Date: Dec 21, 1994 9:52 AM
Author: John Conway
Subject: Re: Polygons with compass & straight edge
It's a VERY famous theorem of Gauss that the only regular polygons

with a prime number of sides that can be constructed with straightedge

and compass are those for which the prime is one of the Fermat primes

3, 5, 17, 257, 65537, ...

(that is, primes of the form 2^n + 1). Nobody knows if there are

any Fermat primes larger than 65537.

The only constructible regular polygons with an odd number

of sides are those for which this number is a product of distinct

Fermat primes (so for instance 15 = 3 times 5, 51 = 3 times 17),

and the only ones with an even number of sides are those obtained

by repeatedly doubling these numbers (including 1), thus:-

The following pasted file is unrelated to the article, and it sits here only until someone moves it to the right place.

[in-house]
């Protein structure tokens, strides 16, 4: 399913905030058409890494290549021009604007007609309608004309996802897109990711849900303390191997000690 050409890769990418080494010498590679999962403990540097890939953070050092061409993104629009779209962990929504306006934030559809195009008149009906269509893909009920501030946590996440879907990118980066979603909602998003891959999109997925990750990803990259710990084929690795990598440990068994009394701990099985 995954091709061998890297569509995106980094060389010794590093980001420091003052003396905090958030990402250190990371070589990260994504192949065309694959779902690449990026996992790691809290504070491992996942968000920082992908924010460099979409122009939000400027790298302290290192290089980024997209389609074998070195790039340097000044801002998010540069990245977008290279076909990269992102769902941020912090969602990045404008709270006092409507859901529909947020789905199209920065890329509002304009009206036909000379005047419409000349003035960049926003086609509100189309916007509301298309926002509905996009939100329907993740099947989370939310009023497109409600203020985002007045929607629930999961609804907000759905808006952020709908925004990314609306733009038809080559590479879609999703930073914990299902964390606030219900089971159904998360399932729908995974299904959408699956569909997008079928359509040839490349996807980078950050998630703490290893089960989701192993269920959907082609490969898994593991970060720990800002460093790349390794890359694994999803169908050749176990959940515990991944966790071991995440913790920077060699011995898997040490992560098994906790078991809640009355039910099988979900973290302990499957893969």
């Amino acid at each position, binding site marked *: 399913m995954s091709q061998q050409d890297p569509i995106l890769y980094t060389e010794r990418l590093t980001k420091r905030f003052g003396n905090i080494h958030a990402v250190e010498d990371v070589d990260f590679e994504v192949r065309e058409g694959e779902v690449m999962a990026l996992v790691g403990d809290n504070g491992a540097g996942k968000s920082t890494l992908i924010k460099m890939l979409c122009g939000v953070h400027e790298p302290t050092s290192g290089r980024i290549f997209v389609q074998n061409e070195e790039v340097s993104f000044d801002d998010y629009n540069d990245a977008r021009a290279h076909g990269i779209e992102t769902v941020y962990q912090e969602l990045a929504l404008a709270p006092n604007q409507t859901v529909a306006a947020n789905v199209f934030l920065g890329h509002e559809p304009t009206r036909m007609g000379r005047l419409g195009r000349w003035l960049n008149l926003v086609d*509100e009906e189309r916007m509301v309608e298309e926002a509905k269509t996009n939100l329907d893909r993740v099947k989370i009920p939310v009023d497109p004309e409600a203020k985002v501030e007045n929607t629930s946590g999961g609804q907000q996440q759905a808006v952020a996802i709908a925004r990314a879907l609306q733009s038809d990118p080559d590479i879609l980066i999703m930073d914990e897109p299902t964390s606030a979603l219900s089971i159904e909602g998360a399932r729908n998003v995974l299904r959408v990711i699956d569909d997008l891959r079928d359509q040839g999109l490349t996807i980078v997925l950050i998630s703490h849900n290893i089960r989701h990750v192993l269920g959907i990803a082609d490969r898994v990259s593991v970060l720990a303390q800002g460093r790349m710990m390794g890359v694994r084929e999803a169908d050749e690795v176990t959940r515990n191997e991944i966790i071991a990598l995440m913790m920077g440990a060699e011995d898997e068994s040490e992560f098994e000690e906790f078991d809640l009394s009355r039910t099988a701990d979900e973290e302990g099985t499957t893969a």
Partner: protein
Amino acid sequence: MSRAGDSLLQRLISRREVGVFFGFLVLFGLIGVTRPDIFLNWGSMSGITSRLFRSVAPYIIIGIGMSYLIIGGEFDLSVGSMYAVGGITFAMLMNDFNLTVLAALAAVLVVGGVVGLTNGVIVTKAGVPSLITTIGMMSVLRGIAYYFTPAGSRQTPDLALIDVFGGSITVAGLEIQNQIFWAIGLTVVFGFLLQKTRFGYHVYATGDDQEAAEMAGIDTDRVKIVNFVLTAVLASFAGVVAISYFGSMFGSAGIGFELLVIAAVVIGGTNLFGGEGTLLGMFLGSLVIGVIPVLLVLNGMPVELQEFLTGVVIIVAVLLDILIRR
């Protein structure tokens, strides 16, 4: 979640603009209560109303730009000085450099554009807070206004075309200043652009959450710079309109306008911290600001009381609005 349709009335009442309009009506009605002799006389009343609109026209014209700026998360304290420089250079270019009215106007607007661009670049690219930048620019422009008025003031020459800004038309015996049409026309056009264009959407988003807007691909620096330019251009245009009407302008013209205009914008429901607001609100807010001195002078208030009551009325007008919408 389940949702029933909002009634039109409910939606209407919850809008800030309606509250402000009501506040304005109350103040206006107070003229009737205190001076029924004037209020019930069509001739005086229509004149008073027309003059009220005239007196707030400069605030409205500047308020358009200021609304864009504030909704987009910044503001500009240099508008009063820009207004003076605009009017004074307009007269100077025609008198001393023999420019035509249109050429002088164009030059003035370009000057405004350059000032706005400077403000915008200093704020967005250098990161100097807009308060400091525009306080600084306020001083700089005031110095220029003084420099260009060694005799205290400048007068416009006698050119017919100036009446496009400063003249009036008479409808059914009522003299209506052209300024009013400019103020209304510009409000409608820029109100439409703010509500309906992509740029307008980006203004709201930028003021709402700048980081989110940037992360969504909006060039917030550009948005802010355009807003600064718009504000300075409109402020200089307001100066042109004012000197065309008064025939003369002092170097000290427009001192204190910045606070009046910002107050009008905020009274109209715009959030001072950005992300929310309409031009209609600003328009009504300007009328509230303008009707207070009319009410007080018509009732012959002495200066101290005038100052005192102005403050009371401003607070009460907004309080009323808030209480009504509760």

(1,2), 4, 8, 16, 32, 64, ...

3, 6, 12, 24, 48, ...

5, 10, 20, 40, 80, ...

15, 30, 60, ...

17, 34, 68,...

51, ...

85,...

I see that I've listed everything below 96 explicitly.

Some people might like the following little observation.

Write out the Pascal triangle modulo 2 :-

1

1 1

1 0 1

1 0 0 1

1 1 0 1 1

1 0 1 1 0 1

1 1 1 1 1 1 1

1 0 0 0 0 0 0 1

.................

then by reading the first 31 rows as the binary expansions of

numbers you get

1, 3, 5, 15, 17, 51, 85, 255, 257, ...

which give the first few odd-sided constructible polygons (and

very probably all there are).

John Conway